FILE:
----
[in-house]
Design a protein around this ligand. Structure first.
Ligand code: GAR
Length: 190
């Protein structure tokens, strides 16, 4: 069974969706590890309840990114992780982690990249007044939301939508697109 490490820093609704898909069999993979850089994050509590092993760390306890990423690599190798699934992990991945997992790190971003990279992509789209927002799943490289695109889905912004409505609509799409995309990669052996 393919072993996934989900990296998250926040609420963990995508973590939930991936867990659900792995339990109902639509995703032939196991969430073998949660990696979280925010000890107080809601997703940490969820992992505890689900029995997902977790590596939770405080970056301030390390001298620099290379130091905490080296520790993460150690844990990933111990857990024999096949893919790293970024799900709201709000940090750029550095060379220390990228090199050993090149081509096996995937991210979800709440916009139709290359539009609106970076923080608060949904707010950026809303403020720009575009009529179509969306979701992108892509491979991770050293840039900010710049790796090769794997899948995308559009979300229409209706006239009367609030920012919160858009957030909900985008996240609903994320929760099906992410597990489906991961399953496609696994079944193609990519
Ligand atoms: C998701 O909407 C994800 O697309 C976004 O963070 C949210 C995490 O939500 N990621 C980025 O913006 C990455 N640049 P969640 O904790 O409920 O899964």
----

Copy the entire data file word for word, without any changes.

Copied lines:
[in-house]
Design a protein around this ligand. Structure first.
Ligand code: GAR
Length: 190
């Protein structure tokens, strides 16, 4: 069974969706590890309840990114992780982690990249007044939301939508697109 490490820093609704898909069999993979850089994050509590092993760390306890990423690599190798699934992990991945997992790190971003990279992509789209927002799943490289695109889905912004409505609509799409995309990669052996 393919072993996934989900990296998250926040609420963990995508973590939930991936867990659900792995339990109902639509995703032939196991969430073998949660990696979280925010000890107080809601997703940490969820992992505890689900029995997902977790590596939770405080970056301030390390001298620099290379130091905490080296520790993460150690844990990933111990857990024999096949893919790293970024799900709201709000940090750029550095060379220390990228090199050993090149081509096996995937991210979800709440916009139709290359539009609106970076923080608060949904707010950026809303403020720009575009009529179509969306979701992108892509491979991770050293840039900010710049790796090769794997899948995308559009979300229409209706006239009367609030920012919160858009957030909900985008996240609903994320929760099906992410597990489906991961399953496609696994079944193609990519
Ligand atoms: C998701 O909407 C994800 O697309 C976004 O963070 C949210 C995490 O939500 N990621 C980025 O913006 C990455 N640049 P969640 O904790 O409920 O899964």